As promised, here's a few more works from the British Realist exhibition. Now I couldn't claim that I really like this painting by an Irish artist I'd never heard of before ... It was the shoes that caught my eye, as if she's dancing a celebratory jig over the body that - at first glance - looks like a bloke struggling none too successfully with an IKEA flatpack. And Judith looks so very much of her time, like a Unity Mitford or Betjeman's Olympic femme fatale:

The sort of girl I like to see
Smiles down from her great height at me.
She stands in strong, athletic pose
And wrinkles her retroussé nose.
Is it distaste that makes her frown,
So furious and freckled, down
On an unhealthy worm like me?

James Cowie, A Portrait Group

This schoolgirl could be one of Miss Brodie's set. Cowie did have a thing about gymslips. I've always thought of these two schoolgirls as Brodie girls in their tussore blouses.

Jeunesse Dorée, ©erald Leslie Brockhurst, 1942
This is Dorette, the artists's second wife. She looks like a second wife.

No, I've changed my mind. She's a first wife ... Daphne du Maurier's Rebecca. Don't you love those brooding eyes and the silk scarf? You could write a story around almost every painting in this exhibition. One interesting point that was made that the artists were born before the age of the motor car and lived to see space travel.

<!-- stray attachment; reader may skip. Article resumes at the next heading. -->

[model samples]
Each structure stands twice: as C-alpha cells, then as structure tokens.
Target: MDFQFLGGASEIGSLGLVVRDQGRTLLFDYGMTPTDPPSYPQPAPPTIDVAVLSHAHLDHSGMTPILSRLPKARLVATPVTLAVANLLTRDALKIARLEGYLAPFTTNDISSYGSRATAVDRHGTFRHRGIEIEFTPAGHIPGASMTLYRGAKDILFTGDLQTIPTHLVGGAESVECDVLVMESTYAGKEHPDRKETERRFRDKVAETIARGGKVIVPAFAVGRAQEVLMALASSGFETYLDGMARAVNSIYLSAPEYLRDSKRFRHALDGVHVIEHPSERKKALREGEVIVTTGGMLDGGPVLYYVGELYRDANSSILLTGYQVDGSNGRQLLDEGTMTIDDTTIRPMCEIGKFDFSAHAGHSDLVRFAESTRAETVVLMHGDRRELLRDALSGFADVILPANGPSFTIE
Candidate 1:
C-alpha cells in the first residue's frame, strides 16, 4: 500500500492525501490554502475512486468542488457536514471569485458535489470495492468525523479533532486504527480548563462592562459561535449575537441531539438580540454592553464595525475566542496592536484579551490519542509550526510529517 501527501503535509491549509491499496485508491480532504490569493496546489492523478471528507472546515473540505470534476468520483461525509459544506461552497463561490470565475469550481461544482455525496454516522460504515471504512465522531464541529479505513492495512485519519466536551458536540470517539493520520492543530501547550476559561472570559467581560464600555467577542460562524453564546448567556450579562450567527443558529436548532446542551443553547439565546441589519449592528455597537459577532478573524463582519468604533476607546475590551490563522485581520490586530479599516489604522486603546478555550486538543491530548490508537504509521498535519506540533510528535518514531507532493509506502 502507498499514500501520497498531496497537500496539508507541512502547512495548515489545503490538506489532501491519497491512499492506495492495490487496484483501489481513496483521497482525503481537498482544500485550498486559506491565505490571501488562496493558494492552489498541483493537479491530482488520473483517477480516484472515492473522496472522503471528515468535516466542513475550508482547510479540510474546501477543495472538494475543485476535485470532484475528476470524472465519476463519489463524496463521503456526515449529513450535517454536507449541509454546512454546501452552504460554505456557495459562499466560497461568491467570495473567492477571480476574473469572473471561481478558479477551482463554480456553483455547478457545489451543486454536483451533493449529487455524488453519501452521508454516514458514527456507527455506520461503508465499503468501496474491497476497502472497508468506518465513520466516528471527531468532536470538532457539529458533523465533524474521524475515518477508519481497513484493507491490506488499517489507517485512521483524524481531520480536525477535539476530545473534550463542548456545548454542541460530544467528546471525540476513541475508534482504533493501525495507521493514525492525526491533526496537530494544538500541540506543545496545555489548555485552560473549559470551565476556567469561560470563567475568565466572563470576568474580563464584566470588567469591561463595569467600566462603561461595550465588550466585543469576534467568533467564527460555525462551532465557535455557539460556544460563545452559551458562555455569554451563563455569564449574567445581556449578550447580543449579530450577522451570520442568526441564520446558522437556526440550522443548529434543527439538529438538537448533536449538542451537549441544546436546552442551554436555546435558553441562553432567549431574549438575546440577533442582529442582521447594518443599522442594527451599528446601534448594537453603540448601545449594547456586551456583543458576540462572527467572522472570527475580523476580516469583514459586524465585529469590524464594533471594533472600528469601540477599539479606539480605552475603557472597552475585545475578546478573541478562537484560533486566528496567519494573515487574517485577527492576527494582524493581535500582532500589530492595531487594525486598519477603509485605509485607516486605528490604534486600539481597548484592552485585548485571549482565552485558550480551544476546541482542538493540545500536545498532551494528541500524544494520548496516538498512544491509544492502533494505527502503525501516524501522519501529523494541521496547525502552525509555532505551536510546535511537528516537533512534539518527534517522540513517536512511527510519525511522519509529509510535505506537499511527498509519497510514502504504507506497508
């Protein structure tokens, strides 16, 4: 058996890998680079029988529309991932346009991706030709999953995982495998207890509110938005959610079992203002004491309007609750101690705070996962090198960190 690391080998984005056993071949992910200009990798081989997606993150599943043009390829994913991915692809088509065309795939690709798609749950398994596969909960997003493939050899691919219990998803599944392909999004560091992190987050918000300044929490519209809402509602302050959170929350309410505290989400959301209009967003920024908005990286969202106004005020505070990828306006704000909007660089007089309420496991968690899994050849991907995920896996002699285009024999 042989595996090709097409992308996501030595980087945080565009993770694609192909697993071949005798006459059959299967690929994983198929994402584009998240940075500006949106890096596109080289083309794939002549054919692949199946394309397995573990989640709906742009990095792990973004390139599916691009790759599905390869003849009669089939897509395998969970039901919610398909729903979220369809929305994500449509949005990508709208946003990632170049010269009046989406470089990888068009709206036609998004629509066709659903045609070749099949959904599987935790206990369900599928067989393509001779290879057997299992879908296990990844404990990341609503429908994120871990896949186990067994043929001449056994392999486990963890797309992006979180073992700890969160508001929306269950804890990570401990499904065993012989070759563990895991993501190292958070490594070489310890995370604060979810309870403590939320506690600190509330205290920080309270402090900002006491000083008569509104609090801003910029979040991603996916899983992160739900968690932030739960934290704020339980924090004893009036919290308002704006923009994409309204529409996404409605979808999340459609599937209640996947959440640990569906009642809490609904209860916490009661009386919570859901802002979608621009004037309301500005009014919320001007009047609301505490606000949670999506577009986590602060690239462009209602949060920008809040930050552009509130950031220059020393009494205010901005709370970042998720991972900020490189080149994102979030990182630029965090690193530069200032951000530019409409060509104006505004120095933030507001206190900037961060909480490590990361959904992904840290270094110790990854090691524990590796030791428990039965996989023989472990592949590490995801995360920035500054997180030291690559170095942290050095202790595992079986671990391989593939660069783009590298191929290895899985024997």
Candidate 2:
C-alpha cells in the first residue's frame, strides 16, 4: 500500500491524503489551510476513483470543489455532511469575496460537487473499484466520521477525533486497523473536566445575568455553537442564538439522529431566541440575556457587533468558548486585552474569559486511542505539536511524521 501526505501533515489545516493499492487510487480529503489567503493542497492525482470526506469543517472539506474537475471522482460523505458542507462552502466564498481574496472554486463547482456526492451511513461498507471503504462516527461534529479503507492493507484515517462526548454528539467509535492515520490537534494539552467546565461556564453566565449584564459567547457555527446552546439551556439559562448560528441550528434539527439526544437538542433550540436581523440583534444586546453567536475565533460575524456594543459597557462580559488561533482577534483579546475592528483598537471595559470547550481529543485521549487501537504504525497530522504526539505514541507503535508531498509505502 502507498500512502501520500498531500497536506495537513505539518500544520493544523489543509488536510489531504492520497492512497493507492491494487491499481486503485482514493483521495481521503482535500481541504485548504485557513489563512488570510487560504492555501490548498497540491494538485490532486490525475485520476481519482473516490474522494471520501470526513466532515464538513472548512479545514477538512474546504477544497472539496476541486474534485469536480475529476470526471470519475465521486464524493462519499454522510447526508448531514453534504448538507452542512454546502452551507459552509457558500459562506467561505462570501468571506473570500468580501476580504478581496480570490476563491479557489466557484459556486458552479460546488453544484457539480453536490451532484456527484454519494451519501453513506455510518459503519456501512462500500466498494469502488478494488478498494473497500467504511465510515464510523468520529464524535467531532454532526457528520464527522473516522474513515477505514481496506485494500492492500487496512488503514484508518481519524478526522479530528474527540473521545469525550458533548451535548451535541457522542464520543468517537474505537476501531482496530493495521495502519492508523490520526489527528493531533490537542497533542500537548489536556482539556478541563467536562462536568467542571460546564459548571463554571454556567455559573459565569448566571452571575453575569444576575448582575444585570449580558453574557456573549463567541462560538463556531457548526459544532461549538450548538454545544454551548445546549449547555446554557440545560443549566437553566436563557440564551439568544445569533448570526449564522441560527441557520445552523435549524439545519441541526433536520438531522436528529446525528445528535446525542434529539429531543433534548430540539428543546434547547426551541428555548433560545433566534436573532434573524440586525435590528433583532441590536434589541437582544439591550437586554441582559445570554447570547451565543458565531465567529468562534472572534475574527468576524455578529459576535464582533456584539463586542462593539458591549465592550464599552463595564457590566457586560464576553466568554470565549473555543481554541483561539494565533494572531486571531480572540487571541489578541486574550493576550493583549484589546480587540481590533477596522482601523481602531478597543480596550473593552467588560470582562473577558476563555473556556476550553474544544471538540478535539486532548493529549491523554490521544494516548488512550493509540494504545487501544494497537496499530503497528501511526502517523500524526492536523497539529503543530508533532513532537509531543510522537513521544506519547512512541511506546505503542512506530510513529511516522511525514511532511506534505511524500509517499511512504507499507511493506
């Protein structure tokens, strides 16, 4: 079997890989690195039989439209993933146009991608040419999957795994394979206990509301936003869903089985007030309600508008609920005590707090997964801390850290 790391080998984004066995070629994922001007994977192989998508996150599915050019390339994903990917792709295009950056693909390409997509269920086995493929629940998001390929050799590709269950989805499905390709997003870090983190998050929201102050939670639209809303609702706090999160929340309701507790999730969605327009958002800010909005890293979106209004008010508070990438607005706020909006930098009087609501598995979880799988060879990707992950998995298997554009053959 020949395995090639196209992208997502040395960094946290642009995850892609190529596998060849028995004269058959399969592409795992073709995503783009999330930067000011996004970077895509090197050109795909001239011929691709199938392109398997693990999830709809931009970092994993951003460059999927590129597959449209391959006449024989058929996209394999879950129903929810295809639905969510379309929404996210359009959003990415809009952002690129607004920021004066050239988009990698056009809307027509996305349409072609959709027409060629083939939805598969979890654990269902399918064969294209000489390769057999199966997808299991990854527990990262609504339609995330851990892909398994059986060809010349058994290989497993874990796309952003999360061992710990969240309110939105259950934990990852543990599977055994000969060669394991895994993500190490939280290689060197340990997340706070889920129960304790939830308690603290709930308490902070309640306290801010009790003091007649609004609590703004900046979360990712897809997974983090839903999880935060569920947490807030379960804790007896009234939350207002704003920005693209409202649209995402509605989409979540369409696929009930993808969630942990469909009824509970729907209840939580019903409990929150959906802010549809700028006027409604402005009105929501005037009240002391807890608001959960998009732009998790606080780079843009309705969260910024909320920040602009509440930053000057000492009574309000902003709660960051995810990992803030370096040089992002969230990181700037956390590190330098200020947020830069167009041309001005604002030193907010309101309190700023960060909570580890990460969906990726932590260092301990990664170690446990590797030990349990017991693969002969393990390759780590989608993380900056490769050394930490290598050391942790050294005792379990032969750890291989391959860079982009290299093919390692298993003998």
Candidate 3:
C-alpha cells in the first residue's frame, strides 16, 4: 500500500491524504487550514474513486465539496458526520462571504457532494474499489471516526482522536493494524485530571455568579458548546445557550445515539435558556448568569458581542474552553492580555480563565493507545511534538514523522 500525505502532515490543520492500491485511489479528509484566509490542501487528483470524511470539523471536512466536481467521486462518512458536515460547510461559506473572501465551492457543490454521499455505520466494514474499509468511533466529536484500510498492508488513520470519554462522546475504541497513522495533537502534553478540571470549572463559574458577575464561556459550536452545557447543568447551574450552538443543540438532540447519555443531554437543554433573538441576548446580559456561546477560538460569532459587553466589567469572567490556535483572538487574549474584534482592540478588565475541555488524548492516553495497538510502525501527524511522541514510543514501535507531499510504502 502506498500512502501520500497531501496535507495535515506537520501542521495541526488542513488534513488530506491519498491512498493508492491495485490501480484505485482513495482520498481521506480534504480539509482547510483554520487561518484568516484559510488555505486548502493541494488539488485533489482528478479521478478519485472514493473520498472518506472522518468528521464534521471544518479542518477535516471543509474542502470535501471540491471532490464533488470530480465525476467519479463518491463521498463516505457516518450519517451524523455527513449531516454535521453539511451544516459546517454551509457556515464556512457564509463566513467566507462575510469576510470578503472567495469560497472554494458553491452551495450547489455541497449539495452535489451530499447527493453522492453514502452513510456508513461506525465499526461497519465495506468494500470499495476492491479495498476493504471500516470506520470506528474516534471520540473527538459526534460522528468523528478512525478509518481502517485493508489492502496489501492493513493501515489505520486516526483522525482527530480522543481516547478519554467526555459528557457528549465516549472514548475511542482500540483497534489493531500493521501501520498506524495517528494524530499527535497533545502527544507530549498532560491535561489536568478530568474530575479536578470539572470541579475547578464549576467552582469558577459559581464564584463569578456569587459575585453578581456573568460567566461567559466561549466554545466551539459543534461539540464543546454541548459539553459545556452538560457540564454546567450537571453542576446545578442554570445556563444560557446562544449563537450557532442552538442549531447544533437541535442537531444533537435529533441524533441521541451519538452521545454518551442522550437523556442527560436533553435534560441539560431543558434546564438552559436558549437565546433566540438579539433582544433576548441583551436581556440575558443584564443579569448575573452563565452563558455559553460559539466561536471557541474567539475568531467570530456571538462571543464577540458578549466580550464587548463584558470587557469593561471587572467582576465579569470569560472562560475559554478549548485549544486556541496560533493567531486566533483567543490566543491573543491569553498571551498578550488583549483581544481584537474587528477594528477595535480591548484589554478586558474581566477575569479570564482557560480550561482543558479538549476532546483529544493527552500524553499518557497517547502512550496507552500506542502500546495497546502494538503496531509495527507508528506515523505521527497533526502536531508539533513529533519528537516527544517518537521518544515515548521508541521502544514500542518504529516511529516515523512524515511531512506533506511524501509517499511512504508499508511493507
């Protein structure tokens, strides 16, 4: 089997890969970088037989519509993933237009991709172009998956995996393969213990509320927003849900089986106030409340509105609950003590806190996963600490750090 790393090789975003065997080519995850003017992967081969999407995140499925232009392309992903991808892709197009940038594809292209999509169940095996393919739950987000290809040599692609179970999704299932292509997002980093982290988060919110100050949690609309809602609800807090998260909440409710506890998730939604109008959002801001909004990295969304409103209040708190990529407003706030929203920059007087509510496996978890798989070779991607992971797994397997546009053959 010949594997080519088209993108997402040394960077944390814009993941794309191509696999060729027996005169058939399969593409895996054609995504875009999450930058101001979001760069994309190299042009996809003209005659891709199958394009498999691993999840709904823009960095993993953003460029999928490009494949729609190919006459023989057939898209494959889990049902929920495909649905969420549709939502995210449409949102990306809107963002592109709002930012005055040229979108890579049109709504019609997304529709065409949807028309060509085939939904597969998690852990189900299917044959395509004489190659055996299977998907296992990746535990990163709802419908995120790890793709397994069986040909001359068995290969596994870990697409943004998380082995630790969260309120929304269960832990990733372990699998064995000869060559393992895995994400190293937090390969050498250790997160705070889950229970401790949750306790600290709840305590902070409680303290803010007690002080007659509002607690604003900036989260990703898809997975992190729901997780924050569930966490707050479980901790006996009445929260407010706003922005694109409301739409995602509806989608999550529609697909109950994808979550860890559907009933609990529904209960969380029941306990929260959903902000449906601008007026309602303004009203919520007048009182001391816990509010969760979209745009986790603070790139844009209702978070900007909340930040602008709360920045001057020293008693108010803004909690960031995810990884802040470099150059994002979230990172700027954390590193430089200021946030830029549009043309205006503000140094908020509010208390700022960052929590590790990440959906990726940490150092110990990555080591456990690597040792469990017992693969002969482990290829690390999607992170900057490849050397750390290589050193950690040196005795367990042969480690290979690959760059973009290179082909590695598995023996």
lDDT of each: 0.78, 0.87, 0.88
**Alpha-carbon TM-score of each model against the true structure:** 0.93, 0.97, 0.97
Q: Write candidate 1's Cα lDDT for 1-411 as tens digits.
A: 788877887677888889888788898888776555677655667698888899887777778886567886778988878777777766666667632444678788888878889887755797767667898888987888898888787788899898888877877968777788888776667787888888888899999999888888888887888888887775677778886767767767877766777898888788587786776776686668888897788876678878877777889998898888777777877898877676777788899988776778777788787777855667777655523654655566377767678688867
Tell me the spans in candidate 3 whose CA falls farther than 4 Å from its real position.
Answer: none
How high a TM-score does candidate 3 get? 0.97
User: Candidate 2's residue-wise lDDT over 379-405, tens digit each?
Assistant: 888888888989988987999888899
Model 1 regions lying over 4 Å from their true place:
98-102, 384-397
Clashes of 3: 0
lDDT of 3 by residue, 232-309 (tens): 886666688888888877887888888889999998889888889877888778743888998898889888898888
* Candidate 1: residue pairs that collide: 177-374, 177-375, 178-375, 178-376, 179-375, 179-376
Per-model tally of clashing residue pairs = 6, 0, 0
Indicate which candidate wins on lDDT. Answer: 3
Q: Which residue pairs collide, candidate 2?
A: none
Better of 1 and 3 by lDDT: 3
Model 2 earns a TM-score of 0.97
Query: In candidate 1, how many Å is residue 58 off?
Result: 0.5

Woman reclining, 1928, Meredith Frampton

Marguerite Kelsey, a professional model, was only 19 - but such elegance and poise! This painting (from the Tate) has such perfect finish that you can even see the perfect half-moons on her perfectly manicured pale pink nails. Meredith Frampton, perhaps confusingly, was male.

Elsie, Hilda Carline, 1929

But it's not all about society ladies. Hilda Carline was Stanley Spencer's first wife and Elsie was their  maid who mediated during their quarrels. I didn't know whether to be more taken by her shoes and those shiny stockings - for Sunday best or day off - or the kitchen range, pot-holders and rug. (Remember the smell of rugs slightly grimy with coal dust?)
Of course, it does make you think of all the forgotten female artists who would have done so much better to have remained unmarried to their 'genius' husbands. I've just finished reading the letters of lovely, lively Ida John, who gave up her own work, and was dead of puerperal fever at 30.

The Welsh Mole Catcher, Stanley Lewis

Of course, men get neglected, too. You can read the story of Stanley Lewis here. This was 'picture of the year' at the Royal Academy in 1937. Do take a look on ArtUK where you can see the amazing detail of all these paintings. What did I do with myself beforeArtUK was invented!

The Rat Catcher, Gilbert Spencer, 1922

And just for balance, here's the rat catcher, too. Love the paper fan in the grate and the spent matches on  the floor.